Police metal thefts team launched in the West Midlands
- 25 May 2012
- From the section Birmingham & Black Country
A new specialist police team has been appointed to tackle metal thefts across five Midlands counties.
The squad will be based at Bloxwich police station from June and will work with the West Midlands, West Mercia, Staffordshire and Warwickshire forces.
Police said the team would use shared intelligence and monitor scrap dealers to clamp down on the crime.
Insp Gordon Roberts, who will lead it, said high prices being paid by rogue dealers were "fuelling the problem."
"Thieves can go into their local scrap dealer and get some very good prices for things like lead flashing off roofs and metal railings - we want to work with them to stop that," he said.
"We're making sure [that in] any transaction that happens people will have to give identification, whether it be a driving licence or photocard ID, which will clamp down on people trying to sell off stolen metal."
Earlier this week, West Midlands Police announced that the number of metal thefts across the region had halved since the start of 2012.
Between 1 January and 30 March there were a total of 1,062 cases.
Insp Roberts said the team would also work with organisations including British Telecom, Network Rail and utility companies who have had cable and pipework stolen.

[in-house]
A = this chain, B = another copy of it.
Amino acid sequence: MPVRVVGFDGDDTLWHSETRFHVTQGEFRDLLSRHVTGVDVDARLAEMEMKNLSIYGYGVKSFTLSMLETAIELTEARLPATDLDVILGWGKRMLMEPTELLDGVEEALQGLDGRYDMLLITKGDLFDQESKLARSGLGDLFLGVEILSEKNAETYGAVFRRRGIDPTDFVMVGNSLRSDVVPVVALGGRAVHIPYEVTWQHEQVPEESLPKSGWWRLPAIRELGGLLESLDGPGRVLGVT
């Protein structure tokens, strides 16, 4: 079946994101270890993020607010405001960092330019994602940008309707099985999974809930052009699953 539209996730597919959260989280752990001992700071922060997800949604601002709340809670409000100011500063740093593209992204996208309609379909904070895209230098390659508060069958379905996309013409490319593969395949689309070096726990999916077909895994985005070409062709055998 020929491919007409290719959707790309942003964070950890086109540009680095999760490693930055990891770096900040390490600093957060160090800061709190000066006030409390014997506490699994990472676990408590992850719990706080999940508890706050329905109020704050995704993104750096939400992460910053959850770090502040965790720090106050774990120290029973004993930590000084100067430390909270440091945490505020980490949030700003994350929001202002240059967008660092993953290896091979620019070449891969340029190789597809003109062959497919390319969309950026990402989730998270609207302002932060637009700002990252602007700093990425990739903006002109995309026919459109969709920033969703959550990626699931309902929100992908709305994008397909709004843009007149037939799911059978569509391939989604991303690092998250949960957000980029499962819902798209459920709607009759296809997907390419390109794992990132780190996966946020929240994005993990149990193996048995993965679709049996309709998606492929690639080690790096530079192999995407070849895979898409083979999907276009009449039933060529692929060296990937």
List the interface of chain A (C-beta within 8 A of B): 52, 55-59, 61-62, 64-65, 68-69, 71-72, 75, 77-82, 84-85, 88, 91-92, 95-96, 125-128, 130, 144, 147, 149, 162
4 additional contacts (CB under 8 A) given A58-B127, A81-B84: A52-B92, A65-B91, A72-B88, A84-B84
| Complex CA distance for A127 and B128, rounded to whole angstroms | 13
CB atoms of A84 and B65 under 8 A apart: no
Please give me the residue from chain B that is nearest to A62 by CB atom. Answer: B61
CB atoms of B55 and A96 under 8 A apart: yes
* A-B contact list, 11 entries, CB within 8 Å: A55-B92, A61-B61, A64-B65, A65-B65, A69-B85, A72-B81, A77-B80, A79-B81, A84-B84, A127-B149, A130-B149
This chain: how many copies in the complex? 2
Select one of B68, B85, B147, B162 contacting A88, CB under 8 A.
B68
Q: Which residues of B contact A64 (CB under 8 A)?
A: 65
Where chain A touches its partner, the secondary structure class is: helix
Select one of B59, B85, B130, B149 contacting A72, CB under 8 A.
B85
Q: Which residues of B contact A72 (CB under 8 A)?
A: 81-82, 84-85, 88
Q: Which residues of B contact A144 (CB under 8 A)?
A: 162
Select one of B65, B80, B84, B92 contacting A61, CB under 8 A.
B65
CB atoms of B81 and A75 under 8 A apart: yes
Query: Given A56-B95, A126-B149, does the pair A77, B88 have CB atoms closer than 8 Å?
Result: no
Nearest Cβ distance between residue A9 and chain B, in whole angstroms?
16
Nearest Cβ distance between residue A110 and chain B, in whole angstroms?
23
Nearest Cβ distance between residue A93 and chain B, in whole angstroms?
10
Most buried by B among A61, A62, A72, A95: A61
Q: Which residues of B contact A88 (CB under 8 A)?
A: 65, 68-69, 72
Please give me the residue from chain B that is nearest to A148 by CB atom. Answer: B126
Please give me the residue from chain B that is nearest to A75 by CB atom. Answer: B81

On Friday, the team met representatives from churches in Birmingham to talk about crime prevention.
"There's a number of techniques they can use like Smartwater [a security liquid that clings to surfaces] or putting anti-climb paint on some railings, there's a whole industry they can tap into," Insp Roberts said.
St George's church in Edgbaston installed CCTV cameras after its roof was targeted three times in five months at the start of 2012.
Carol Cowes, from the church, said: "It's devastating. It's going to cost a great deal of money to repair, around £20,000 for just £1,000 worth of lead stolen."
"After the second theft we became so worried that we hired a security firm to be in the church at night but we couldn't maintain that kind of an expense, we just don't have that kind of income."
"After speaking with the police we put the cameras in and that eventually led to a successful prosecution."